Normally when an individual draws up a will, it will include one or more named executors. When the individual dies, the executor(s) of the will become responsible for estate administration. This includes collecting up all the money, property, possessions and other assets, paying off any debts and inheritance tax, and distributing the estate to the beneficiaries.
If the executors are unwilling or unable to act, or if the will does not name any executors, or if there is no will at all, then an administrator takes responsibility for estate administration.
If a friend or family member would like you to be executor of the will when they die, they would normally ask you. You should think carefully about whether you want this responsibility.
Being executor of the will can be complicated and time-consuming, at a time when you may well be upset by the loss of a friend or family member. Although you can later renounce being an executor of the will, it’s preferable to let the testator know so that they can choose an alternative.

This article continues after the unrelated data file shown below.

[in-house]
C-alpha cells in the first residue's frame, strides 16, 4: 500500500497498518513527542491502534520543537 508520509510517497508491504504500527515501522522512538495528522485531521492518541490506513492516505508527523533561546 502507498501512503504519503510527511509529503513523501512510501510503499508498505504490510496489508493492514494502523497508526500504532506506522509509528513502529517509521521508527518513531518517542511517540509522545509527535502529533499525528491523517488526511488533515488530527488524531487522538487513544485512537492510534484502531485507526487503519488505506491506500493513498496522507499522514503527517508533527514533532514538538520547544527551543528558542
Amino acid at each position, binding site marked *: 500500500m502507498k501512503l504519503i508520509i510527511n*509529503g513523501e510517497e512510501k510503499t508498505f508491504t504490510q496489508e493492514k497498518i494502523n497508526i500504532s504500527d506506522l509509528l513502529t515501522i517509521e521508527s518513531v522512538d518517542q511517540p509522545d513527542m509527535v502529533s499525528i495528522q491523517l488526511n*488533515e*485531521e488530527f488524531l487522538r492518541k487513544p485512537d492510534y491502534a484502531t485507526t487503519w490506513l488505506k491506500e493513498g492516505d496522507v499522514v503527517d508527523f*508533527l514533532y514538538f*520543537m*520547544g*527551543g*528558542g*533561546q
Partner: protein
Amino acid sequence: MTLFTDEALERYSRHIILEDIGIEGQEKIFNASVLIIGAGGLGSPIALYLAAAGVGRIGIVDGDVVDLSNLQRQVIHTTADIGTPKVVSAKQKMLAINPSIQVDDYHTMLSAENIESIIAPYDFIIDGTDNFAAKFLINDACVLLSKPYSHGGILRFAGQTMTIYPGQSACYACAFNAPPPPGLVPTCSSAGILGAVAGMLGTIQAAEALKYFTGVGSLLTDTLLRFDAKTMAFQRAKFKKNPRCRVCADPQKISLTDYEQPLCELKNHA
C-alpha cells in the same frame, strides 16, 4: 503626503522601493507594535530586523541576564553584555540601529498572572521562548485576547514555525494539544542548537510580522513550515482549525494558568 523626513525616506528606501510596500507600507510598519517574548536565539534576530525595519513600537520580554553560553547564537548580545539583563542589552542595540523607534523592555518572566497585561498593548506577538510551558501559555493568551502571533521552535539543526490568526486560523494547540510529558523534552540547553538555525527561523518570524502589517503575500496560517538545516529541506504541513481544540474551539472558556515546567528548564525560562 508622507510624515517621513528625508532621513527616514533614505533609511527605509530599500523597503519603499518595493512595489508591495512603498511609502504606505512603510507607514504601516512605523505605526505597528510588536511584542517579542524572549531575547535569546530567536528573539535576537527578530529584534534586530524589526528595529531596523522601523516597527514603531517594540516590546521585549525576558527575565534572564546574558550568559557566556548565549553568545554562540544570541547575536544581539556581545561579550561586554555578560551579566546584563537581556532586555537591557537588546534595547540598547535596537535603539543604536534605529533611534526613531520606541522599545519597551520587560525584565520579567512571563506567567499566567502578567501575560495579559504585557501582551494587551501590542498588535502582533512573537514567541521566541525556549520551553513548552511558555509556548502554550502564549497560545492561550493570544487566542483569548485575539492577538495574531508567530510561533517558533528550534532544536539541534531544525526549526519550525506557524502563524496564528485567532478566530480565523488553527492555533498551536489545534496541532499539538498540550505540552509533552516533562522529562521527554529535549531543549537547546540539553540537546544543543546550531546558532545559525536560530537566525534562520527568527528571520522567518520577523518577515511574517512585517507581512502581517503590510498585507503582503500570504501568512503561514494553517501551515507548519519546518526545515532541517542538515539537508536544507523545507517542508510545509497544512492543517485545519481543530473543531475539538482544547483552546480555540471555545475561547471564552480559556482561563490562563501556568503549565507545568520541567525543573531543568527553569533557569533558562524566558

On the plus side, being an executor of the will allows you to make sure your friend or relative’s wishes are respected and to look after the interests of the beneficiaries. Often one or more beneficiaries will be asked to be executor of the will.
If the will does not name any executors, the beneficiaries have the right to apply to act as administrator. If there is no will at all, then the closest relatives — who will inherit under the rules of intestacy — can apply to take on the role of estate administration.
Estate administration involves identifying the deceased’s assets and debts, paying off creditors, and then distributing what’s left.
If you are named as executor of the will, you automatically become responsible for estate administration when the testator dies. However, you normally need to apply for a grant of probate before you can get the official authority to deal with the assets. As part of this, you work out the value of the estate and complete inheritance tax forms for HM Revenue & Customs. If inheritance tax is payable, you’ll need to pay some or all of the tax due.
Estate administration can be complex, particularly if the estate is large or complicated or if there is likely to be any kind of a dispute. As executor of the will, you have significant responsibilities and potential liabilities: for example, if you start paying out inheritances before repaying debts you might be held personally responsible. If in any doubt, you should consider appointing a solicitor to help with estate administration.
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